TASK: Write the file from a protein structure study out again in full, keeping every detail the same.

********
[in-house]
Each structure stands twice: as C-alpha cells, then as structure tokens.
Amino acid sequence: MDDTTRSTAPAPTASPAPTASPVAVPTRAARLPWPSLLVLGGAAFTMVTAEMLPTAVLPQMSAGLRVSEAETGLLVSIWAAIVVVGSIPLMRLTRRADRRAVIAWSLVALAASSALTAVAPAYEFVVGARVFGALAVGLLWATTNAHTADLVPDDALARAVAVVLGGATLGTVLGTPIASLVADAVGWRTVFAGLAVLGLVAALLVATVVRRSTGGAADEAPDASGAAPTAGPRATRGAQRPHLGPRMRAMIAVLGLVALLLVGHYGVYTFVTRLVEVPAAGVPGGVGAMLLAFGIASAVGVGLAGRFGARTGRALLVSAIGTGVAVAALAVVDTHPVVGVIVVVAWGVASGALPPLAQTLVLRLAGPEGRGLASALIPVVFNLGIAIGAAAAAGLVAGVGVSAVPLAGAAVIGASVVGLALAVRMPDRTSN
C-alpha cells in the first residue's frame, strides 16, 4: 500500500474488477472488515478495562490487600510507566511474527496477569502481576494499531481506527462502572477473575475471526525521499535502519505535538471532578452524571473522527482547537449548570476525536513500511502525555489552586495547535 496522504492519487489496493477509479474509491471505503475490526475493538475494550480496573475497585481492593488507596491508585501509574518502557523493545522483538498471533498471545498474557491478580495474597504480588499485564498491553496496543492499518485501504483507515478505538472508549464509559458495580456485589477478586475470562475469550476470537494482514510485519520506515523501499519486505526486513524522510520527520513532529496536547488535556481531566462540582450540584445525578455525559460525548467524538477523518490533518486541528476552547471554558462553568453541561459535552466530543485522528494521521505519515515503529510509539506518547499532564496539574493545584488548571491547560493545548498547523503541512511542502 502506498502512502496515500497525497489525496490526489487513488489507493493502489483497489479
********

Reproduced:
[in-house]
Each structure stands twice: as C-alpha cells, then as structure tokens.
Amino acid sequence: MDDTTRSTAPAPTASPAPTASPVAVPTRAARLPWPSLLVLGGAAFTMVTAEMLPTAVLPQMSAGLRVSEAETGLLVSIWAAIVVVGSIPLMRLTRRADRRAVIAWSLVALAASSALTAVAPAYEFVVGARVFGALAVGLLWATTNAHTADLVPDDALARAVAVVLGGATLGTVLGTPIASLVADAVGWRTVFAGLAVLGLVAALLVATVVRRSTGGAADEAPDASGAAPTAGPRATRGAQRPHLGPRMRAMIAVLGLVALLLVGHYGVYTFVTRLVEVPAAGVPGGVGAMLLAFGIASAVGVGLAGRFGARTGRALLVSAIGTGVAVAALAVVDTHPVVGVIVVVAWGVASGALPPLAQTLVLRLAGPEGRGLASALIPVVFNLGIAIGAAAAAGLVAGVGVSAVPLAGAAVIGASVVGLALAVRMPDRTSN
C-alpha cells in the first residue's frame, strides 16, 4: 500500500474488477472488515478495562490487600510507566511474527496477569502481576494499531481506527462502572477473575475471526525521499535502519505535538471532578452524571473522527482547537449548570476525536513500511502525555489552586495547535 496522504492519487489496493477509479474509491471505503475490526475493538475494550480496573475497585481492593488507596491508585501509574518502557523493545522483538498471533498471545498474557491478580495474597504480588499485564498491553496496543492499518485501504483507515478505538472508549464509559458495580456485589477478586475470562475469550476470537494482514510485519520506515523501499519486505526486513524522510520527520513532529496536547488535556481531566462540582450540584445525578455525559460525548467524538477523518490533518486541528476552547471554558462553568453541561459535552466530543485522528494521521505519515515503529510509539506518547499532564496539574493545584488548571491547560493545548498547523503541512511542502 502506498502512502496515500497525497489525496490526489487513488489507493493502489483497489479